[Due to COVID-19, Albright’s 2020 ceremony has been postponed.]
OCT 2019: In recognition of his work in and around the community, Pennsylvania Lieutenant Governor and Albright alumnus, John Fetterman ’91, has been tapped to offer remarks at Albright College’s 161st Commencement ceremony, at Santander Arena, May 2020.
The 34th lieutenant governor of Pennsylvania, Fetterman is focused on commonsense reforms that benefit the middle class, people living in poverty and marginalized communities. He presides over the state senate and chairs Pennsylvania’s Board of Pardons, as well as the state’s Emergency Management Council. At the request of Gov. Tom Wolf, Fetterman also serves on special projects, such as a recently completed 67-county tour to hear constituents’ opinions on legalized adult-use marijuana. Most recently, he recommended new legislation to permanently turn over his taxpayer-provided housing in Fort Indiantown Gap to the state Department of Military and Veterans Affairs, in support of programming for veterans and survivors’ families.
“John’s integrity, resilience and focus on helping people succeed make him a perfect role model for students,” said Albright President Jacquelyn S. Fetrow, Ph.D. ’82. “We are honored that he also intends to take time for conversations with our seniors and learn more about the students of today.”
“I’m looking forward to meeting with students and hearing their concerns for our future,” Fetterman said. “It has never been more important to involve young people in the political process.”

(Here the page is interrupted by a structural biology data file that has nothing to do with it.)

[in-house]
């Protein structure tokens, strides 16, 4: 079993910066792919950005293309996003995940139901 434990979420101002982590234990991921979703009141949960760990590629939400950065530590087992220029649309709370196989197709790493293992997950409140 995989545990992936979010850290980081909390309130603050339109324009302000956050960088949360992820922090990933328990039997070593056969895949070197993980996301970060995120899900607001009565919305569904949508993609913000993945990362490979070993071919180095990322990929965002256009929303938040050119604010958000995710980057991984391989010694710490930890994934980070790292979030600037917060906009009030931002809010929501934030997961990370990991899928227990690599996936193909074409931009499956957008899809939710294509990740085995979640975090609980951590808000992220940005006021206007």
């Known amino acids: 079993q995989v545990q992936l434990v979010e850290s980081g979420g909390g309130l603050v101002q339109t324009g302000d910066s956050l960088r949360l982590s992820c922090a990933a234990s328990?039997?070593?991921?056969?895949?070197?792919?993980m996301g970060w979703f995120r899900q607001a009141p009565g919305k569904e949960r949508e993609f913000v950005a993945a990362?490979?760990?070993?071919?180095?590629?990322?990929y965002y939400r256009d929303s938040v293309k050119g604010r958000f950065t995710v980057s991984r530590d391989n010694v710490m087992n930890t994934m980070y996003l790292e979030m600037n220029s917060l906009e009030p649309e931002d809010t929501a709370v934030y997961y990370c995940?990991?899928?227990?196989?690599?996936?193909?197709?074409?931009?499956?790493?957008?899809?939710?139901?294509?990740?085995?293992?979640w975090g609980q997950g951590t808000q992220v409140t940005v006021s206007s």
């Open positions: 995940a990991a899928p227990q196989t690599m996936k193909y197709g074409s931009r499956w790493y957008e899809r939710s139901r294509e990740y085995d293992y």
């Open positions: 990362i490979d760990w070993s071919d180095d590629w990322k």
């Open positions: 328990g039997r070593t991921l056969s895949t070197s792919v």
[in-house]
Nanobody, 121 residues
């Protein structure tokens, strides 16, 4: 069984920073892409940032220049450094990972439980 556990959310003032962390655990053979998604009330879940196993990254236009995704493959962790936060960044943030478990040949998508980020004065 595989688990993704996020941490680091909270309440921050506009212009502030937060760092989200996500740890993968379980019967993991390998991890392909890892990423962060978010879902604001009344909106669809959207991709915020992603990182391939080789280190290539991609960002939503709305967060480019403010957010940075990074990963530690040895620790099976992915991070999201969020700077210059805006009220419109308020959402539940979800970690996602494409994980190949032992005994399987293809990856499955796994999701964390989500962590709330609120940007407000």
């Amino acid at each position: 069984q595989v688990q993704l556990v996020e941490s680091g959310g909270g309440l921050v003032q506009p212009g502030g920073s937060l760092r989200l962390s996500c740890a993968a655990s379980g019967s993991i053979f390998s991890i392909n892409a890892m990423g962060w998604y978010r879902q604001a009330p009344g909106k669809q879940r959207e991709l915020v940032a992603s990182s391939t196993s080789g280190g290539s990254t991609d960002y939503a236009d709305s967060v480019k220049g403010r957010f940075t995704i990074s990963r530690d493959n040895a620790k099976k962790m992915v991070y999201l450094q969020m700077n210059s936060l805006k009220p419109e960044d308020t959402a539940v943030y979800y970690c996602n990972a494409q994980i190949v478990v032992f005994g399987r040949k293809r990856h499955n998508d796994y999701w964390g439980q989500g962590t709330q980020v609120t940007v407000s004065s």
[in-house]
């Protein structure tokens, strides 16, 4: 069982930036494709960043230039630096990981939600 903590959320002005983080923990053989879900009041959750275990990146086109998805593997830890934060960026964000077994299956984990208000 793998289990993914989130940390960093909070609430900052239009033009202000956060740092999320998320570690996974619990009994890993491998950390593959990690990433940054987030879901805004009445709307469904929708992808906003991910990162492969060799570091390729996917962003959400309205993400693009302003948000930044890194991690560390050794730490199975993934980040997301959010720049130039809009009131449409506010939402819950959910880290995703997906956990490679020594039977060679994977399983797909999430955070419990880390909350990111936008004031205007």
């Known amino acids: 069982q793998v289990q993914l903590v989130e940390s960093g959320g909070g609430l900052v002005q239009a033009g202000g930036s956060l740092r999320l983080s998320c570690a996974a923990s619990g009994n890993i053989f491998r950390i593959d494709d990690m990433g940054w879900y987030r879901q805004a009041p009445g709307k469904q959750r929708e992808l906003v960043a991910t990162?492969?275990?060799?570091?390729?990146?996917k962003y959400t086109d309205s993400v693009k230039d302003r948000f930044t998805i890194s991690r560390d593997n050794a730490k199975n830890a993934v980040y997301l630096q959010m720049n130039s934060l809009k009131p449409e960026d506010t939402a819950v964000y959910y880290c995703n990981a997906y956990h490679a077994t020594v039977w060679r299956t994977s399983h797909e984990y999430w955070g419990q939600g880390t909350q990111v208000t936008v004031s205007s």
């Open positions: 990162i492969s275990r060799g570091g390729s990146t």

A member of the Albright College’s football team, Fetterman earned his Bachelor of Arts in business administration degree in 1991, and a Distinguished Alumnus award in 2016.
But a life-changing experience with Big Brothers Big Sisters of America motivated Fetterman to quit his job and join AmeriCorps at age 23, for which he helped set up a Pittsburgh neighborhood’s first computer labs and taught General Educational Development (GED) classes to young parents.
After earning a master’s degree in public policy from the Harvard Kennedy School of Government, Fetterman returned to Pennsylvania and started another GED program in Braddock, Pa., where he ran for mayor at the encouragement of his students. Motivated to do more to address the inequality that was plaguing his community, he won Braddock’s crowded primary by a single vote in 2005, and remained Mayor for 12 years, during which he rebuilt the steel industry town by attracting new businesses and residents and breaking the town’s cycle of violence. With the help of young people and artists, he transformed downtown creative spaces and turned abandoned properties into urban gardens.
“I’m honored and excited to return to my alma mater and share my experiences with this generation of graduates,” Fetterman said. “So much has changed about me and about the world since I last walked around this campus.”
Today, Fetterman continues to live with his family in Braddock, Pa., and is viewed as one of the state’s leading progressive voices for working people.